Black Lives Matter activist sentenced for interfering with Pasadena police

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Protesters gathered outside a Pasadena courthouse as a Black Lives Matter activist was sentenced for interfering with an arrest of a fleeing suspect. (KABC)

A Black Lives Matter activist who directed protesters to interfere with an attempt by Pasadena police to arrest a fleeing suspect was sentenced to 90 days in jail on Tuesday.

Hundreds of protesters had gathered in front of the Pasadena Courthouse on Tuesday to demand freedom for Black Lives activist Jasmine Richards.

Inside the packed courtroom, the defendant asked for leniency following her felony conviction.

"As far as the anger management, I do think I do need anger management," Richards told Judge Elaine Lu.

Richards' arrest in August 2015 has polarized communities. She mentors children in La Pintoresca Park and teaches them about activism.

A jury convicted her for interfering with the arrest of a suspected thief who had run into the park and had no connection with Richard's activities.

The prosecutor explained more in court: "Ms. Richards had a bullhorn. She was directing 15 to 20 protesters, some of which were children 11 to 16 years of age, yelling profanities," said Deputy District Attorney Christine Kee.

The prosecutor says Pasadena police officers were surrounded, yet responded with restraint.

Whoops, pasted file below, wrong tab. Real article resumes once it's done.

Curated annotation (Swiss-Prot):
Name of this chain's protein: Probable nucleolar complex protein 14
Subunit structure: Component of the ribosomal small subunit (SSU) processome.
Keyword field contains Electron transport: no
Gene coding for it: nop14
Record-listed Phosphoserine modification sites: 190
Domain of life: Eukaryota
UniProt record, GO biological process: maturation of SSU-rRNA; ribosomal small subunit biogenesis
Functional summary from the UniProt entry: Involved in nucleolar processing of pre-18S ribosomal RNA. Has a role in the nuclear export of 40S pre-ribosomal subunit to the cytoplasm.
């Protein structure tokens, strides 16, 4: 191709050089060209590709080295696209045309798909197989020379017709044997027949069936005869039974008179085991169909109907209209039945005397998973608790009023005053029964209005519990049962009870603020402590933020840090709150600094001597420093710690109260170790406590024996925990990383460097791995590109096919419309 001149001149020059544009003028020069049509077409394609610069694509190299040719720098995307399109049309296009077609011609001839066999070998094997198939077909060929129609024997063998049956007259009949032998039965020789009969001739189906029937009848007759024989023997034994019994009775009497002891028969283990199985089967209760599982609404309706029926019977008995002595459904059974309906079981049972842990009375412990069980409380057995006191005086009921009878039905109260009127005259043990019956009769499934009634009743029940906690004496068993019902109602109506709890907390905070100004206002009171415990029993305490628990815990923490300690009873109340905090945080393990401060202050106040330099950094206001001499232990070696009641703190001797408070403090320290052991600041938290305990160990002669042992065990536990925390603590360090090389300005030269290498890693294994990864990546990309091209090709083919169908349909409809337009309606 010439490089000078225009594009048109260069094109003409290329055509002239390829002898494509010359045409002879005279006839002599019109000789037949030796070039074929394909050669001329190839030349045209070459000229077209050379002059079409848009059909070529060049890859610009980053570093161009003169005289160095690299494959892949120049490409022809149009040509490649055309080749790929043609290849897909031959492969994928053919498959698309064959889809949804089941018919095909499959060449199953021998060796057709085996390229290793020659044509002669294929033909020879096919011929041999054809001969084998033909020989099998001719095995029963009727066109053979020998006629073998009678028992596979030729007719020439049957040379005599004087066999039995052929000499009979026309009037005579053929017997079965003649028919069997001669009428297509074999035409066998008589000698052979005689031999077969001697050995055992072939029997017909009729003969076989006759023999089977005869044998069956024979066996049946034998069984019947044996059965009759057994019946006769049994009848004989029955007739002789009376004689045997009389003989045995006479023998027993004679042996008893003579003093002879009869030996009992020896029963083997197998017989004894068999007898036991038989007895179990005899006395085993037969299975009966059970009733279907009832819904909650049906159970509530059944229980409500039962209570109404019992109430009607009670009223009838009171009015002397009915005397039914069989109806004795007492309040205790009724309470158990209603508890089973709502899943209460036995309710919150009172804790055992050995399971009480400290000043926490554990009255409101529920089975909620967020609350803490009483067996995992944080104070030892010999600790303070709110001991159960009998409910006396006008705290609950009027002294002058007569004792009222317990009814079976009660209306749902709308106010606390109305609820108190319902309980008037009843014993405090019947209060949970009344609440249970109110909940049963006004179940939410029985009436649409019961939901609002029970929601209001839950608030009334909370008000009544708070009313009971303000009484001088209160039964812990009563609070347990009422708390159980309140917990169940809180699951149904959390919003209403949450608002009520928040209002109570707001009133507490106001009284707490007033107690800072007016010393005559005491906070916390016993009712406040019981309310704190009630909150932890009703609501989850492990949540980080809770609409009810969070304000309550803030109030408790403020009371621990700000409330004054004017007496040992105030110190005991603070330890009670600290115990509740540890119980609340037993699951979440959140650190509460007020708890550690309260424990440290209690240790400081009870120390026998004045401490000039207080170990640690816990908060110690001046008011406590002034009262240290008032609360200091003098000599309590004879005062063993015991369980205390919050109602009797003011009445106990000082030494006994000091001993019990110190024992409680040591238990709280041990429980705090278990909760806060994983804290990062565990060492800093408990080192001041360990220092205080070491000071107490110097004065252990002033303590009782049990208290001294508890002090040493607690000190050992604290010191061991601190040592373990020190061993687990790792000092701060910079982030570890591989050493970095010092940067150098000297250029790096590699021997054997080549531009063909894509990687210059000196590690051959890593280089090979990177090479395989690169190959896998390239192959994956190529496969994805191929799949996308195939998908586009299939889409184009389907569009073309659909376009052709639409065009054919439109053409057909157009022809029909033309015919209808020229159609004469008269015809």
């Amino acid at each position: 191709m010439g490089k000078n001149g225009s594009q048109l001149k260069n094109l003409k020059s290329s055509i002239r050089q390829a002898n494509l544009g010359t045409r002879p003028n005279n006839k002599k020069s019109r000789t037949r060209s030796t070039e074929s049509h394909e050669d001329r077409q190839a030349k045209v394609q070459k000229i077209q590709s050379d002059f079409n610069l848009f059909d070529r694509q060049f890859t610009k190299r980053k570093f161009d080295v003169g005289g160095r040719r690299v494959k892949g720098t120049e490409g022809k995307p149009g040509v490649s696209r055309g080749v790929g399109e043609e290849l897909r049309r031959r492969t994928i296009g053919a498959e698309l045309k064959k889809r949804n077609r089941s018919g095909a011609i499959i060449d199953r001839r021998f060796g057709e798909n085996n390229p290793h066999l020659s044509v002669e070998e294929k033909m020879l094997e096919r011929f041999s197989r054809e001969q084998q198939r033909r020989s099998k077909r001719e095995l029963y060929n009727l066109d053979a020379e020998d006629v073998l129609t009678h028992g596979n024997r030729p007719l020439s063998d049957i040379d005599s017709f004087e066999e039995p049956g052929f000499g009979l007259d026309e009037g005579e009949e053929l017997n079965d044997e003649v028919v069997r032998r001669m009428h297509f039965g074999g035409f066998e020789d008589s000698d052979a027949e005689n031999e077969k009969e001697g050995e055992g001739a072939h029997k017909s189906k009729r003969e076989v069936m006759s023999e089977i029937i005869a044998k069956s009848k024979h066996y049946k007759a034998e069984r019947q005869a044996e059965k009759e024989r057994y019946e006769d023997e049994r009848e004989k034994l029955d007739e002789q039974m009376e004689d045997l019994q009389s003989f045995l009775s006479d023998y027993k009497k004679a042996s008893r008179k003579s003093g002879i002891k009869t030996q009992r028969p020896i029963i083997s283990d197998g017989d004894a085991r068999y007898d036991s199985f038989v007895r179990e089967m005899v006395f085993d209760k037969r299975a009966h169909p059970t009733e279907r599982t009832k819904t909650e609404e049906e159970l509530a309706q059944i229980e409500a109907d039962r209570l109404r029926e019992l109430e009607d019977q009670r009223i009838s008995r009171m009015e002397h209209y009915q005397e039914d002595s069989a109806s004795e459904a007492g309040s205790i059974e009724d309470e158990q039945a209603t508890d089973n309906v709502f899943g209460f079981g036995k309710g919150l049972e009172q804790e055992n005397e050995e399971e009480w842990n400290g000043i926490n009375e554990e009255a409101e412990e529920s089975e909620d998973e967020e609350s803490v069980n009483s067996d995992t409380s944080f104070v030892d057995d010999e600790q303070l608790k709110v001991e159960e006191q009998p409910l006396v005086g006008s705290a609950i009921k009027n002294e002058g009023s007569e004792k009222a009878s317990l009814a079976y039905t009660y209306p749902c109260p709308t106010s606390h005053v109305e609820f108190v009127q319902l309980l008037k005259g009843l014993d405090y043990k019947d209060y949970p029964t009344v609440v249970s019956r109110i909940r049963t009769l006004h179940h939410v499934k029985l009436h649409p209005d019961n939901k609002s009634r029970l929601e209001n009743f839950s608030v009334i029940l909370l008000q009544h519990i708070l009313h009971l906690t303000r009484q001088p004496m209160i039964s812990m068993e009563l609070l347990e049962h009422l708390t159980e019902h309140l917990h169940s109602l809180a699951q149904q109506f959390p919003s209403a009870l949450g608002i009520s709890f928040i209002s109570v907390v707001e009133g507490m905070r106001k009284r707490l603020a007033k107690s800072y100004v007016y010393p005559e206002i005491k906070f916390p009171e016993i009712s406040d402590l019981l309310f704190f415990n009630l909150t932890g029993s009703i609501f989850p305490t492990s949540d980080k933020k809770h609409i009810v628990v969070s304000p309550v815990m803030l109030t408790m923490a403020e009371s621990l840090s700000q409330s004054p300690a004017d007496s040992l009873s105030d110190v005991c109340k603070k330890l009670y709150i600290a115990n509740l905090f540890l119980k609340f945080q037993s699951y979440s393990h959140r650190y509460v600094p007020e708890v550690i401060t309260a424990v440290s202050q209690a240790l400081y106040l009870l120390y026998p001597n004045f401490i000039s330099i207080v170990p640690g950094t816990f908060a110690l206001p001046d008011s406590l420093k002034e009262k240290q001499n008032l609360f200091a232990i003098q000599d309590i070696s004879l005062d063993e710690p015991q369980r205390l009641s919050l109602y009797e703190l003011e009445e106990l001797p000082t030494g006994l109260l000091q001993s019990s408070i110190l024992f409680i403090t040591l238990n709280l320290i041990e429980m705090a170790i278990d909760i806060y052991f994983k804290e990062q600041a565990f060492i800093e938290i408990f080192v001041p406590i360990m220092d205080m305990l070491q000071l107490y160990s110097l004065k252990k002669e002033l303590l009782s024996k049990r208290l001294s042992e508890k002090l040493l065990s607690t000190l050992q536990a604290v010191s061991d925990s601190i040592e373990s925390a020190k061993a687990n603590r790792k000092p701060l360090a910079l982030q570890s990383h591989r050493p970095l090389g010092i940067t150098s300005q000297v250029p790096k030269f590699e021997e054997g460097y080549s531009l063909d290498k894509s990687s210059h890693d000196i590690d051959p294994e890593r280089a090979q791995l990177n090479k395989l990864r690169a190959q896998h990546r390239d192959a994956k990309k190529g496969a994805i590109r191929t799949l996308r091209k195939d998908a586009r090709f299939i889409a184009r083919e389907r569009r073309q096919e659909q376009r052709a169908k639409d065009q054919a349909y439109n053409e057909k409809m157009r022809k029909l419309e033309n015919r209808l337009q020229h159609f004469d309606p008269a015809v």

"They could have used Tasers and pepper spray but backed off," Kee said.

Richards had been charged with an offense defined as "lynching." The state law was reworded in 2016 to an attempt to unlawfully remove a suspect from police officers by causing a riot.

The charge carries a term of up to 4 years in prison.

Supporters say Richards is a victim of political persecution.

"The larger issue in L.A. County is the issue of law enforcement, is the issue of who holds them accountable and who doesn't hold them accountable," said Black Lives Matter co-founder Patrisse Cullors.

The court noted that Richards had a criminal record before her latest arrest. Still Lu sentenced Richards to 90 days in jail, which was half of what the DA recommended.

Williams must also serve three years of probation and attend anger management counseling.

"The truth in fact is that the person you tried to help had just committed a crime and had injured another citizen," Lu told Richards.

The prosecutor also wanted Richards barred from organizing youth in Pintoresca Park. Richards broke into tears, pleading to the judge.

"I am asking do what you see fit. But I love those kids and keeping me away from them is not right. It is not the right thing, OK? I just want you to know that," Richards said.

The judge agreed.

Richard's defense attorney, Nana Gyamfi, said Richards will likely spend 30 days behind bars. She plans to appeal the felony conviction.

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protestsentencingPasadenaLos Angeles County
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